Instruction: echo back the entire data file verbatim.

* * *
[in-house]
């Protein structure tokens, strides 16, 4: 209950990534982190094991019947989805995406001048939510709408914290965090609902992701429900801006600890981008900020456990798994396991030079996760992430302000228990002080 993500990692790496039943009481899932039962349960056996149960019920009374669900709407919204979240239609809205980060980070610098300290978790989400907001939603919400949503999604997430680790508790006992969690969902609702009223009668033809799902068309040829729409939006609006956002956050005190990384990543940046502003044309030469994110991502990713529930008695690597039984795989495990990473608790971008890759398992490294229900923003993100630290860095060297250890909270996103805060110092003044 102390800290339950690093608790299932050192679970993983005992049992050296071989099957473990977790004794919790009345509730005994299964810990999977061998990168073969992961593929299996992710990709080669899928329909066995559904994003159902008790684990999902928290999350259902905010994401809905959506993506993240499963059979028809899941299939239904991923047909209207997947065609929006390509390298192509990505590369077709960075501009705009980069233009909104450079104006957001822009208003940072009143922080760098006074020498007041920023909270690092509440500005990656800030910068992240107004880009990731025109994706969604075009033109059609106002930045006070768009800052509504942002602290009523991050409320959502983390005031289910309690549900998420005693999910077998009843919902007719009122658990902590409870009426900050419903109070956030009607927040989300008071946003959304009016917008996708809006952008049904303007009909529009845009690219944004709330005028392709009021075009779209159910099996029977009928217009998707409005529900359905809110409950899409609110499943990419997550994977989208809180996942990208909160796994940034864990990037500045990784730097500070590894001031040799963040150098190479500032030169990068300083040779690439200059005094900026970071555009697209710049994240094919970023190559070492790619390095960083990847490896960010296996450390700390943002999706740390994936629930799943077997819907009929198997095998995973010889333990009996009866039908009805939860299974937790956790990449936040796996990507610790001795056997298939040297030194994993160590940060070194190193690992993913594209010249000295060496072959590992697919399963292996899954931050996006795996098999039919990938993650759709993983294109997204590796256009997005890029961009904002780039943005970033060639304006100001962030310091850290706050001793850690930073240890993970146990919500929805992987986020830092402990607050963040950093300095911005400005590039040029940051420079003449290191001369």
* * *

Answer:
[in-house]
């Protein structure tokens, strides 16, 4: 209950990534982190094991019947989805995406001048939510709408914290965090609902992701429900801006600890981008900020456990798994396991030079996760992430302000228990002080 993500990692790496039943009481899932039962349960056996149960019920009374669900709407919204979240239609809205980060980070610098300290978790989400907001939603919400949503999604997430680790508790006992969690969902609702009223009668033809799902068309040829729409939006609006956002956050005190990384990543940046502003044309030469994110991502990713529930008695690597039984795989495990990473608790971008890759398992490294229900923003993100630290860095060297250890909270996103805060110092003044 102390800290339950690093608790299932050192679970993983005992049992050296071989099957473990977790004794919790009345509730005994299964810990999977061998990168073969992961593929299996992710990709080669899928329909066995559904994003159902008790684990999902928290999350259902905010994401809905959506993506993240499963059979028809899941299939239904991923047909209207997947065609929006390509390298192509990505590369077709960075501009705009980069233009909104450079104006957001822009208003940072009143922080760098006074020498007041920023909270690092509440500005990656800030910068992240107004880009990731025109994706969604075009033109059609106002930045006070768009800052509504942002602290009523991050409320959502983390005031289910309690549900998420005693999910077998009843919902007719009122658990902590409870009426900050419903109070956030009607927040989300008071946003959304009016917008996708809006952008049904303007009909529009845009690219944004709330005028392709009021075009779209159910099996029977009928217009998707409005529900359905809110409950899409609110499943990419997550994977989208809180996942990208909160796994940034864990990037500045990784730097500070590894001031040799963040150098190479500032030169990068300083040779690439200059005094900026970071555009697209710049994240094919970023190559070492790619390095960083990847490896960010296996450390700390943002999706740390994936629930799943077997819907009929198997095998995973010889333990009996009866039908009805939860299974937790956790990449936040796996990507610790001795056997298939040297030194994993160590940060070194190193690992993913594209010249000295060496072959590992697919399963292996899954931050996006795996098999039919990938993650759709993983294109997204590796256009997005890029961009904002780039943005970033060639304006100001962030310091850290706050001793850690930073240890993970146990919500929805992987986020830092402990607050963040950093300095911005400005590039040029940051420079003449290191001369």